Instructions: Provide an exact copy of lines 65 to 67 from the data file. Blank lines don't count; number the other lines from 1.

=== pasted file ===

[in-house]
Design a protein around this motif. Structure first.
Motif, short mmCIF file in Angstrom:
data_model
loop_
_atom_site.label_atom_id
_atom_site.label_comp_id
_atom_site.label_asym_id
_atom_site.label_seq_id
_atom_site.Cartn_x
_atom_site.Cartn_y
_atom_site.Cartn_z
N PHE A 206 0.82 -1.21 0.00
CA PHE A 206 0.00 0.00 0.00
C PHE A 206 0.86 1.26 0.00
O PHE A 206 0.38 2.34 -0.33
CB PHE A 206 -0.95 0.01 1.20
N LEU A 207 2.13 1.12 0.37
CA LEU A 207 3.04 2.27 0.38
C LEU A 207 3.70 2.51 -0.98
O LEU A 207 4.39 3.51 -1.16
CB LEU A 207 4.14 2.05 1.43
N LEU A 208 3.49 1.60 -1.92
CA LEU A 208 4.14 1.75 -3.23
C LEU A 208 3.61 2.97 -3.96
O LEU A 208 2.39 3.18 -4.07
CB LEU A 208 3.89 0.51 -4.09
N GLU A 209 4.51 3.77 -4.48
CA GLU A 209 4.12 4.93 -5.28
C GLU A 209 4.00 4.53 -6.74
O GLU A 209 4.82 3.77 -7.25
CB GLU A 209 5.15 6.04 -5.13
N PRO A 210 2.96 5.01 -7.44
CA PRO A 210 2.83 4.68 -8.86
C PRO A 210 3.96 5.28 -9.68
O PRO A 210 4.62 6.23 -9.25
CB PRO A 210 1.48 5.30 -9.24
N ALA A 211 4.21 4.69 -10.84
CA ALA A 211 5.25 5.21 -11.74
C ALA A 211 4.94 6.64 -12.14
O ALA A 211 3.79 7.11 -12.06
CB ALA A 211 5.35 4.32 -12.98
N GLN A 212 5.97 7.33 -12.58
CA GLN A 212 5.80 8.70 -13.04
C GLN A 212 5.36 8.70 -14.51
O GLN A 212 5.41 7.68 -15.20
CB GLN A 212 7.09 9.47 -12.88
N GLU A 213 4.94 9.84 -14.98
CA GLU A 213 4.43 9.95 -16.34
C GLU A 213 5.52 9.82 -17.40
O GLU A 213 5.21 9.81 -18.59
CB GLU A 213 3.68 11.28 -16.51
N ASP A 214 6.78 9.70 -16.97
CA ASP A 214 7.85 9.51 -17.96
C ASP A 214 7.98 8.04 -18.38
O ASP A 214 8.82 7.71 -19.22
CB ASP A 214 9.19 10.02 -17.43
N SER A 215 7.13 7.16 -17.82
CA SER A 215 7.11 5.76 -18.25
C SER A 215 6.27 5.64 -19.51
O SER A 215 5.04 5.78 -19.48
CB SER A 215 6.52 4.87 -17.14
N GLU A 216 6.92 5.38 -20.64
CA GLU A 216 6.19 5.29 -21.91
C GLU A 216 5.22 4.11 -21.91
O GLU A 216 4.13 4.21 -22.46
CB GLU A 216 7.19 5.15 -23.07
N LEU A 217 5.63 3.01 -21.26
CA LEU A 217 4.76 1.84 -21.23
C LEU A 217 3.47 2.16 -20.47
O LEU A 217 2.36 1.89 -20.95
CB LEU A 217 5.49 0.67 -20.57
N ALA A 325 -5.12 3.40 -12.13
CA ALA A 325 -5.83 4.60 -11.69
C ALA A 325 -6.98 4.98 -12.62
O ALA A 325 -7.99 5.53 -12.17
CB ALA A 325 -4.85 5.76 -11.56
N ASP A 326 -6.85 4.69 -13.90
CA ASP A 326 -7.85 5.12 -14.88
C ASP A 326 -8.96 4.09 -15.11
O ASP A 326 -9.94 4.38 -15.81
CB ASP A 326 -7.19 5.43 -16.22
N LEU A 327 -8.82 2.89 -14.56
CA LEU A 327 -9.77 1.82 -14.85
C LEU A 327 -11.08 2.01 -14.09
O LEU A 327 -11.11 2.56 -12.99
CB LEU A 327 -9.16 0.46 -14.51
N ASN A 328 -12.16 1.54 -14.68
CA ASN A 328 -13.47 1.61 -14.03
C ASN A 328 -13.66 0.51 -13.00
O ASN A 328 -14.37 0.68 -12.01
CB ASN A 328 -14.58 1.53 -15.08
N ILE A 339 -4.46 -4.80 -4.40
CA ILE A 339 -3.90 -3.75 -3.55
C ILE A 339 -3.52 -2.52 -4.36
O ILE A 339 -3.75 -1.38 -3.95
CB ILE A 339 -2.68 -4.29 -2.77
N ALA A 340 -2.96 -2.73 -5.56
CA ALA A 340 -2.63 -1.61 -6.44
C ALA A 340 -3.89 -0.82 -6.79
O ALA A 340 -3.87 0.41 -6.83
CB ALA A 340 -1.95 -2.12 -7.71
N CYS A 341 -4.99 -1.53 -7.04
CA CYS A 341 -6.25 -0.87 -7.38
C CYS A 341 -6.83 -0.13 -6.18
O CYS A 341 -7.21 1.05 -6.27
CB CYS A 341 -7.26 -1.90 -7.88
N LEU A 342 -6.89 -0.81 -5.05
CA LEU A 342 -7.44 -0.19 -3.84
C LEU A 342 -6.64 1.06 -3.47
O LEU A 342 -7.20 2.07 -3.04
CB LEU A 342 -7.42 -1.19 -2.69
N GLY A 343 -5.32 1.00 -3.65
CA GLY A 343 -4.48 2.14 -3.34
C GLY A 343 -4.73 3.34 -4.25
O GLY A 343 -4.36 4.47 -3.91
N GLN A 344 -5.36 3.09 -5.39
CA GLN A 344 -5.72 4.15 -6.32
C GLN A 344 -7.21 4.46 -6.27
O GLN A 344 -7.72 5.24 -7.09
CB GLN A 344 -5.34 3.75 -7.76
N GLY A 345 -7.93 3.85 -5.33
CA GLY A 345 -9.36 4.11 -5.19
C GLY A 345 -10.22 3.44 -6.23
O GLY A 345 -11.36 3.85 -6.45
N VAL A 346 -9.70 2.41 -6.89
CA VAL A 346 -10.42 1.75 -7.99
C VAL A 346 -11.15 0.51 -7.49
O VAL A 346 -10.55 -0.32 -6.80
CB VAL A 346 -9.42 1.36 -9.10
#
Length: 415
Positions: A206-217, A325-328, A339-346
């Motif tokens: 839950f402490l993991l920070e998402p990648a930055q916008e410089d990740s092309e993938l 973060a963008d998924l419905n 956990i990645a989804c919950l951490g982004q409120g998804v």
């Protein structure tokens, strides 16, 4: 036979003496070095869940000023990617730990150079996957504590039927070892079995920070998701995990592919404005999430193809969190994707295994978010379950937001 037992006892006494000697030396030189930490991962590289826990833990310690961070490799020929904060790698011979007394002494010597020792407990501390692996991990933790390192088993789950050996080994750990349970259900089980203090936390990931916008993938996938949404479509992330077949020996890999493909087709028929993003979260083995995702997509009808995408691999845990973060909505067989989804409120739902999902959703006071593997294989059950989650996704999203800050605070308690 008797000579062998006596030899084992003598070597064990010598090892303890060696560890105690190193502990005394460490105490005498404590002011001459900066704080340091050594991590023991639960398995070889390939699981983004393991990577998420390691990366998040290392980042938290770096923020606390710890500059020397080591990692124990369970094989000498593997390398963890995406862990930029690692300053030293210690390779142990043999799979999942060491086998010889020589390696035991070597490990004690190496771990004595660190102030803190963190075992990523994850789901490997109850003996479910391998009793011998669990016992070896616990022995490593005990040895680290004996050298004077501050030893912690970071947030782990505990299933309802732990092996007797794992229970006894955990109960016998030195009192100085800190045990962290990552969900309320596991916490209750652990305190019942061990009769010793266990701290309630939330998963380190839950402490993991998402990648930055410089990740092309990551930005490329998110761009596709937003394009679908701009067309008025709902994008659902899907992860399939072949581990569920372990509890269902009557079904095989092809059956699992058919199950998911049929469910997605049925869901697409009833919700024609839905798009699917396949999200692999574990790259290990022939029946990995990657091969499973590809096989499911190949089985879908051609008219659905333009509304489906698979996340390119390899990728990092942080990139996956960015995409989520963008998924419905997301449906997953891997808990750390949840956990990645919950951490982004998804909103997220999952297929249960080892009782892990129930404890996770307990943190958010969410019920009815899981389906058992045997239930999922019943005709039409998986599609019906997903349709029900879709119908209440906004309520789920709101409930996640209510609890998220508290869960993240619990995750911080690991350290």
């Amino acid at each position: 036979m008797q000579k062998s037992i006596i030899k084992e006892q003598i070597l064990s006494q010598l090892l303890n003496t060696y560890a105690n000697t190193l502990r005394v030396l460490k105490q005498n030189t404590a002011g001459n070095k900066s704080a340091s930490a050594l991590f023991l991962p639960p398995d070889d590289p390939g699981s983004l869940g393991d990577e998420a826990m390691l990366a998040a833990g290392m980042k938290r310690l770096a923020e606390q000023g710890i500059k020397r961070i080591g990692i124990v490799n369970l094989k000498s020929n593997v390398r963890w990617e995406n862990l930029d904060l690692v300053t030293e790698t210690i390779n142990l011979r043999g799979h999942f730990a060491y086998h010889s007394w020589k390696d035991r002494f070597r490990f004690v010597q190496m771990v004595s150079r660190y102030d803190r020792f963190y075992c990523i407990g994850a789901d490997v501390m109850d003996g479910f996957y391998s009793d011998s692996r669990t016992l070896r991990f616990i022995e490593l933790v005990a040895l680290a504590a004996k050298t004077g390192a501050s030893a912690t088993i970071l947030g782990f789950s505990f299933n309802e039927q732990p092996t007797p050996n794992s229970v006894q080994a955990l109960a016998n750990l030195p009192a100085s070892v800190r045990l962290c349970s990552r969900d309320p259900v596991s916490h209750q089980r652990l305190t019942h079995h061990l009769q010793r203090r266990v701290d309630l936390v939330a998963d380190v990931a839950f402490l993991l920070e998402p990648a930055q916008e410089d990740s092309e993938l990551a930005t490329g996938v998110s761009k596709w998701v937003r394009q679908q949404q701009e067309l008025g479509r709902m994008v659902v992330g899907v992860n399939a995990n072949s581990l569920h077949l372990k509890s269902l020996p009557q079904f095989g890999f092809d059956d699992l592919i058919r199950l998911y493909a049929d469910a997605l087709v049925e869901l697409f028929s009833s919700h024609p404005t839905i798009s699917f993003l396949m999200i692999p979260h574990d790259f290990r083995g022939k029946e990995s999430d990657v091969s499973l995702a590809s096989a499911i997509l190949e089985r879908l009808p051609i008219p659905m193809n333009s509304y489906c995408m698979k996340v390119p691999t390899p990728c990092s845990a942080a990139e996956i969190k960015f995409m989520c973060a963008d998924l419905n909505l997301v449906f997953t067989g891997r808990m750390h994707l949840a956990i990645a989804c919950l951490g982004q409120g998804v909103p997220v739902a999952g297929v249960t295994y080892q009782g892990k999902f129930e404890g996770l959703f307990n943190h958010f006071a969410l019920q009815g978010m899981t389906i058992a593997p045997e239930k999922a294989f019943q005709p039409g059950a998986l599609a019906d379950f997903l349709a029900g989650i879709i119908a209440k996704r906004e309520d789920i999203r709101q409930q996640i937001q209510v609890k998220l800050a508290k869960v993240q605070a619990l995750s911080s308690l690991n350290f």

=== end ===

C GLU A 216 5.22 4.11 -21.91
O GLU A 216 4.13 4.21 -22.46
CB GLU A 216 7.19 5.15 -23.07